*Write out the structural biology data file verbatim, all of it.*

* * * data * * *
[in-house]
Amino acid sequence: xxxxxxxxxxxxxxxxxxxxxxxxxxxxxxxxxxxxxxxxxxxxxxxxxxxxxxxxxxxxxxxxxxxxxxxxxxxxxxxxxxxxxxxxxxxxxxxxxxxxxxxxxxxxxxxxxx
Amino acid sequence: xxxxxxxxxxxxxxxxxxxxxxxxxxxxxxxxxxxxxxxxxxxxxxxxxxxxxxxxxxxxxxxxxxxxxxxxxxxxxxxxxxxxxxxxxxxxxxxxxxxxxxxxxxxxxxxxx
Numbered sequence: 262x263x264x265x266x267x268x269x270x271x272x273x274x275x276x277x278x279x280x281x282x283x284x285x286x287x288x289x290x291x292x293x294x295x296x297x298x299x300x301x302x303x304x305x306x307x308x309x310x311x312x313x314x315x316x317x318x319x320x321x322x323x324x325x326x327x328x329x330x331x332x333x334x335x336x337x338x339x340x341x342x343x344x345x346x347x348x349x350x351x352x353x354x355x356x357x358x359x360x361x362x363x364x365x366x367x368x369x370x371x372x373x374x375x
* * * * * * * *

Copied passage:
[in-house]
Amino acid sequence: xxxxxxxxxxxxxxxxxxxxxxxxxxxxxxxxxxxxxxxxxxxxxxxxxxxxxxxxxxxxxxxxxxxxxxxxxxxxxxxxxxxxxxxxxxxxxxxxxxxxxxxxxxxxxxxxxx
Amino acid sequence: xxxxxxxxxxxxxxxxxxxxxxxxxxxxxxxxxxxxxxxxxxxxxxxxxxxxxxxxxxxxxxxxxxxxxxxxxxxxxxxxxxxxxxxxxxxxxxxxxxxxxxxxxxxxxxxxx
Numbered sequence: 262x263x264x265x266x267x268x269x270x271x272x273x274x275x276x277x278x279x280x281x282x283x284x285x286x287x288x289x290x291x292x293x294x295x296x297x298x299x300x301x302x303x304x305x306x307x308x309x310x311x312x313x314x315x316x317x318x319x320x321x322x323x324x325x326x327x328x329x330x331x332x333x334x335x336x337x338x339x340x341x342x343x344x345x346x347x348x349x350x351x352x353x354x355x356x357x358x359x360x361x362x363x364x365x366x367x368x369x370x371x372x373x374x375x